We’re up to 170 million blogs. Whatever, nbd. But the bigger we get, the more government requests for account data we receive. And since there may be a day when it’s your information they want, it’s important you know what they’re asking for.
Starting today, we’ll be publishing a biannual Transparency Report detailing the number of requests we get from different sources, why we receive those requests, and how we respond to them.
If the report is TL;DR, here’s the upshot: Tumblr received a total of 462 requests for user data in 2013, and responded with account data (e.g., email and IP address) 76% of the time. A small subset of those responses also included content of blog posts (e.g., text, audio, images, or video).
The remaining requests (24%) were illegal, vague, or inaccurate—so we refused to provide any data at all.
Striking the right balance between privacy and legal responsibilities is no small task, but we hope this report demonstrates our ongoing commitment to this community.
If you are a member of a group that has privilege, and someone who does not have that privilege is good enough to be explaining their experience to you, just be quiet for a second and listen.
Really! Just for the duration of this conversation, you do not need to relate their…
“Calvin says that God takes an aesthetic pleasure in people. There’s no reason to imagine that God would choose to surround himself into infinite time with people whose only distinction is that they fail to transgress. King David, for example, was up to a lot of no good. To think that only faultless people are worthwhile seems like an incredible exclusion of almost everything of deep value in the human saga. Sometimes I can’t believe the narrowness that has been attributed to God in terms of what he would approve and disapprove.”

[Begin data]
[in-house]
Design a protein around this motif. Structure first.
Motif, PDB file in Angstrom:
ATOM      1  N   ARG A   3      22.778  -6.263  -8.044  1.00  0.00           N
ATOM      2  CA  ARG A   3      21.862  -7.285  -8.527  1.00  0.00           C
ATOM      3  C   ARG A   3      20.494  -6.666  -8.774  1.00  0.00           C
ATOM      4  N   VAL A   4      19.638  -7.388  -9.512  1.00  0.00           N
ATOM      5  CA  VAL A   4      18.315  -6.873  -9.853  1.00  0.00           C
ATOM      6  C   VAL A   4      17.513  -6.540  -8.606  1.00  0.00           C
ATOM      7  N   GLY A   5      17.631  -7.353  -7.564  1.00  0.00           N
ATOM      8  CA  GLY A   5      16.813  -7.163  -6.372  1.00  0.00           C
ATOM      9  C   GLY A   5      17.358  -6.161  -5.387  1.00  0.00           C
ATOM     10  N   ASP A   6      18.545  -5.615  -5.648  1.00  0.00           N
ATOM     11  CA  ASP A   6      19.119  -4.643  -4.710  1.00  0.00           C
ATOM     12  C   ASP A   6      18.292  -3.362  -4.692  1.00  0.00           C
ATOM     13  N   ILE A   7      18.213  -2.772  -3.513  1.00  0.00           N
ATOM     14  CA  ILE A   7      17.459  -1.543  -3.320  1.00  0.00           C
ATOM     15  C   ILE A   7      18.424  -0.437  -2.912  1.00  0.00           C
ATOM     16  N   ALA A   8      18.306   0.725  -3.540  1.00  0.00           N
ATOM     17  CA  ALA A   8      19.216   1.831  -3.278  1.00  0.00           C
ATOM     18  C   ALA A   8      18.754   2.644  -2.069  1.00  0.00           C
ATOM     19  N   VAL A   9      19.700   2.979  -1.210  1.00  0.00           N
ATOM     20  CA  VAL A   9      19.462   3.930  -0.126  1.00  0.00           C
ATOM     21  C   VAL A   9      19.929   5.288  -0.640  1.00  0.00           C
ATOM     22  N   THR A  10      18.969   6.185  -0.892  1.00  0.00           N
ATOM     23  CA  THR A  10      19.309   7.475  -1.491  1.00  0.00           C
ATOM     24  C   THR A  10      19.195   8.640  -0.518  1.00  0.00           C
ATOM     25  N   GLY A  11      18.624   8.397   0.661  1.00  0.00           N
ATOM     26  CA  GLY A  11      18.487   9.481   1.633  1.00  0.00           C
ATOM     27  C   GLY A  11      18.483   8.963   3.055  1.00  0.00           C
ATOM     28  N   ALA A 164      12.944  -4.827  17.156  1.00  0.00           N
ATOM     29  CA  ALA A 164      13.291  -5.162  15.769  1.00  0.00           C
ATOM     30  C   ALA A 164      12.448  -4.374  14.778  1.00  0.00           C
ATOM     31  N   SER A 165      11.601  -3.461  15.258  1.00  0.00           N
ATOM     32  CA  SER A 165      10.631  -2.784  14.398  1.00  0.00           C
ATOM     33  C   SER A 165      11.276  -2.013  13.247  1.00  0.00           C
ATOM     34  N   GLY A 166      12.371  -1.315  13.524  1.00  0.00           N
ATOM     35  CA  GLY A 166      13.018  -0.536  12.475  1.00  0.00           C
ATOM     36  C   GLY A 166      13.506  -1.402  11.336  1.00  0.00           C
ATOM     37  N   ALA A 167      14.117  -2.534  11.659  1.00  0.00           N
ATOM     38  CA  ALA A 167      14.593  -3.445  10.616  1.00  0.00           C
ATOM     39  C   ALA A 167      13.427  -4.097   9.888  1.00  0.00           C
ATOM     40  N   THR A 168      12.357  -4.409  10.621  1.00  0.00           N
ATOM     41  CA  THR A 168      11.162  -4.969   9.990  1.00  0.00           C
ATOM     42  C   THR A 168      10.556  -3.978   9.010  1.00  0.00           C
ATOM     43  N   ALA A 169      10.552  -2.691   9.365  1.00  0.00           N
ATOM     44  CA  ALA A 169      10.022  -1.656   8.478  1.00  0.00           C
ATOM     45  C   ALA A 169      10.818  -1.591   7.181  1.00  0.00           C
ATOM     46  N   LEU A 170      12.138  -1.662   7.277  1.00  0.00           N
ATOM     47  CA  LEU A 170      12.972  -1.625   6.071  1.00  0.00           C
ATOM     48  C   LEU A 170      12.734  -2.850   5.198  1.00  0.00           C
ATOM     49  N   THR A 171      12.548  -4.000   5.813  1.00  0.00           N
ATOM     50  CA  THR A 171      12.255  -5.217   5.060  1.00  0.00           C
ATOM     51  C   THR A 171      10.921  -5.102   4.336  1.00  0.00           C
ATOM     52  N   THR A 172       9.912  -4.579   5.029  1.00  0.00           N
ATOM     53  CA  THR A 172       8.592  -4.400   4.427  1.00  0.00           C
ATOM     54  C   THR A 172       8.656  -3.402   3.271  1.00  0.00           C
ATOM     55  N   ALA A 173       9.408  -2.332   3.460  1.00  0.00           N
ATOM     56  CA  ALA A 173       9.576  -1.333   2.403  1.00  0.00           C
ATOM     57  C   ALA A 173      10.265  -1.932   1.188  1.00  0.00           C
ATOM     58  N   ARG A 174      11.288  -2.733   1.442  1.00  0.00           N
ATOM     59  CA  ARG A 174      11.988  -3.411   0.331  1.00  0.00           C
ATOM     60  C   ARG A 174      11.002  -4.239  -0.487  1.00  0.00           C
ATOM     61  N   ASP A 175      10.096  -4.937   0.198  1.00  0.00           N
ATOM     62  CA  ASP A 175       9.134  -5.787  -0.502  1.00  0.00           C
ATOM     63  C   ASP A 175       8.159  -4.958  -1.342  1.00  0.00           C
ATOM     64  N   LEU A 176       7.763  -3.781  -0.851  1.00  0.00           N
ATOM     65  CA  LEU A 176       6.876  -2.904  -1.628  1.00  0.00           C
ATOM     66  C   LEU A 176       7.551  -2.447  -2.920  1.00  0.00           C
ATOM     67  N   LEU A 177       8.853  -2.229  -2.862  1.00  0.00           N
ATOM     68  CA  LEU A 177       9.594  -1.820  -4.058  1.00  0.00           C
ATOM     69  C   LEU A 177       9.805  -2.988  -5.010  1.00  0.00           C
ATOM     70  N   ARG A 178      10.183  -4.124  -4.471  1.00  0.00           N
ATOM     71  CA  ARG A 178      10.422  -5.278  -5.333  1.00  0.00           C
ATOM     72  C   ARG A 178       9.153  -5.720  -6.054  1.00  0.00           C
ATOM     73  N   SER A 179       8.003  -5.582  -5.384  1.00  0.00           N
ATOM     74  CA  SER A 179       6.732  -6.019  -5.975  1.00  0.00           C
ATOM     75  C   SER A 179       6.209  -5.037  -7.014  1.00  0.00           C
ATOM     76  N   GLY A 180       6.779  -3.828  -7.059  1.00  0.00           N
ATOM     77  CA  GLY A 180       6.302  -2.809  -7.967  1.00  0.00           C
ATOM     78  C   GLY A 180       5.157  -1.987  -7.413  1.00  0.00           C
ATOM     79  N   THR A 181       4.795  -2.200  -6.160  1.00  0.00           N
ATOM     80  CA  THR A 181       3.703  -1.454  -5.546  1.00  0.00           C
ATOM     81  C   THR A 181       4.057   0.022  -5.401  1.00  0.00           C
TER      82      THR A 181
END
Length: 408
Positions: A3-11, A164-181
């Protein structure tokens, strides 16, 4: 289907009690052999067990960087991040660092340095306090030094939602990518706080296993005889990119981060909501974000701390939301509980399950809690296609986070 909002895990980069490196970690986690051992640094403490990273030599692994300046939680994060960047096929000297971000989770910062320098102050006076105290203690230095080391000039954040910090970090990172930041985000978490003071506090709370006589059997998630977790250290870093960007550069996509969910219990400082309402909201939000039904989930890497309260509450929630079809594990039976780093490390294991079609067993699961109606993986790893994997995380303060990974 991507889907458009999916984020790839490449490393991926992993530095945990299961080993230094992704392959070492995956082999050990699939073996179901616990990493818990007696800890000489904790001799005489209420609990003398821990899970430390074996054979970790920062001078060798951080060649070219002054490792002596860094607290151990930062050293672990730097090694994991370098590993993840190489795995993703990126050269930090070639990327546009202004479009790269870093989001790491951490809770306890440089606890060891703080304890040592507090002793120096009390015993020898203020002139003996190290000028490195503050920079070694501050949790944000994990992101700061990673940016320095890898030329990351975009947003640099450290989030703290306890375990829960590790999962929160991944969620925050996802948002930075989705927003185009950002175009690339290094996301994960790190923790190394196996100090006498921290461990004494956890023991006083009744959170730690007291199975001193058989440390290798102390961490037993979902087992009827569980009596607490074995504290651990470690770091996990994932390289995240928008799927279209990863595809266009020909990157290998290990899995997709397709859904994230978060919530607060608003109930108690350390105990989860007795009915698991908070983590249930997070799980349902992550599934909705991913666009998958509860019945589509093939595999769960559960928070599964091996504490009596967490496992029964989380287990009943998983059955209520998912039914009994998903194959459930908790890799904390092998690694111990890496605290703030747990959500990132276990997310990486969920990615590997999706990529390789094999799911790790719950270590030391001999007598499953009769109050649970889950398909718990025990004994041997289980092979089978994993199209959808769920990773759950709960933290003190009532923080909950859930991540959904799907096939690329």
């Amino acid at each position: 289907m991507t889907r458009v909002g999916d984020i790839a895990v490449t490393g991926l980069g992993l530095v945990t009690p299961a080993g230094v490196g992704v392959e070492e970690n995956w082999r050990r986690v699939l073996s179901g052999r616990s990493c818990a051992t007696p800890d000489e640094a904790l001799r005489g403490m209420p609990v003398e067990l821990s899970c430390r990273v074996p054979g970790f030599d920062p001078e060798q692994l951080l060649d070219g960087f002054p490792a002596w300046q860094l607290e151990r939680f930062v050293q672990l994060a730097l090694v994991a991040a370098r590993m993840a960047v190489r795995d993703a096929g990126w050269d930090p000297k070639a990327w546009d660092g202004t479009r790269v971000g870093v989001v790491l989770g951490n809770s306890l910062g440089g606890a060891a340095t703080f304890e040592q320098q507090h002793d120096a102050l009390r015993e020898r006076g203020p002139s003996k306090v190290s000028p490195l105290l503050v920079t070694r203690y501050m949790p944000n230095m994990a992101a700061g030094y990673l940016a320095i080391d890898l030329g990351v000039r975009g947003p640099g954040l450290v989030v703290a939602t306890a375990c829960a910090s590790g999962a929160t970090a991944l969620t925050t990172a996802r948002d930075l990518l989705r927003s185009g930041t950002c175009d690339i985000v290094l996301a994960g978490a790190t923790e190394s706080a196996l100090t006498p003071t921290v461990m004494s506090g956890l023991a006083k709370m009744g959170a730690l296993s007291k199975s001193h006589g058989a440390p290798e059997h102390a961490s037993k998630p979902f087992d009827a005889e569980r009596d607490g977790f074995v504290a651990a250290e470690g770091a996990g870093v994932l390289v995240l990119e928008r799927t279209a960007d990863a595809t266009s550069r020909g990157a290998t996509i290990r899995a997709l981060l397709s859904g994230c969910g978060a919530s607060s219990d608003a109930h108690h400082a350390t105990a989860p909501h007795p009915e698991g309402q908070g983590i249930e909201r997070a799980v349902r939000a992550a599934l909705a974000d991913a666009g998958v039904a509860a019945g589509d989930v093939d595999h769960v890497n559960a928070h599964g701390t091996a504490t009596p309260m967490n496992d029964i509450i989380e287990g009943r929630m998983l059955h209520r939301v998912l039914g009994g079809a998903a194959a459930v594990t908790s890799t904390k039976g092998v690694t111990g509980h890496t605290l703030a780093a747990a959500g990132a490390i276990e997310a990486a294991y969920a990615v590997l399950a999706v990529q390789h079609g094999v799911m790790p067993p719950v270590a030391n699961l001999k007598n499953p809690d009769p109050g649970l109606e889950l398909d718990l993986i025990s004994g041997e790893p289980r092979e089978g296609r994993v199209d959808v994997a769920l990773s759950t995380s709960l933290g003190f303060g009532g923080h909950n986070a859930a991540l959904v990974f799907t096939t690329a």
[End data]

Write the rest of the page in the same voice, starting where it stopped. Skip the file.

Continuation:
~Marilynne Robinson from The Paris Review
Hear more of Marilynne Robinson in The Mystery We Are
Photo by Trân Tú Nguyễn / Flickr, cc by-nc-sa 2.0
Civil society depends on the mental, spiritual and moral health of the stranger. Rule of law is a privilege, a blessing, not a birthright.
“Spirituality doesn’t look like sitting down and meditating. Spirituality looks like folding the towels in a sweet way and talking kindly to the people in the family even though you’ve had a long day.
It’s enfolded into the act of parenting. You fold the towels in a sweet way. It doesn’t take extra time.”
~Sylvia Boorstein from What We Nurture
Photo by Fabiana Zonca / Flickr, cc by-nc-sa 2.0
Something to consider including in your thoughts on family life and spirituality.
One of the benefits of a long car trip with my wife is the opportunity to have really great and insightful conversations with the smartest person I know. Yesterday, on the first leg of our trip, we spent some time discussing Microsoft’s many missed opportunities. The failure to take the iPhone…
“Michigan State University surveyed more than 700 employers seeking to hire recent college graduates. Nearly one-third said parents had submitted resumes on their child’s behalf, some without even informing the child. One-quarter reported hearing from parents urging the employer to hire their son or daughter for a position. Four percent of respondents reported that a parent actually showed up for the candidate’s job interview.”
I don’t even know what to say about these finding. I see parents negotiating on the playground, but in the workplace for a 22-year-old college graduate? Oy.
Bring Your Parent To Work Day: So-called helicopter parents have hit the workplace, phoning employers to advocate on behalf of their adult children. Human resource managers say more parents are trying to negotiate salary and benefits and are even sitting in on job interviews.
~reblogged by Trent Gilliss, senior editor
A solution to the electric-car “chicken or egg” problem? (Vehicle adoption vs. charging infrastructure)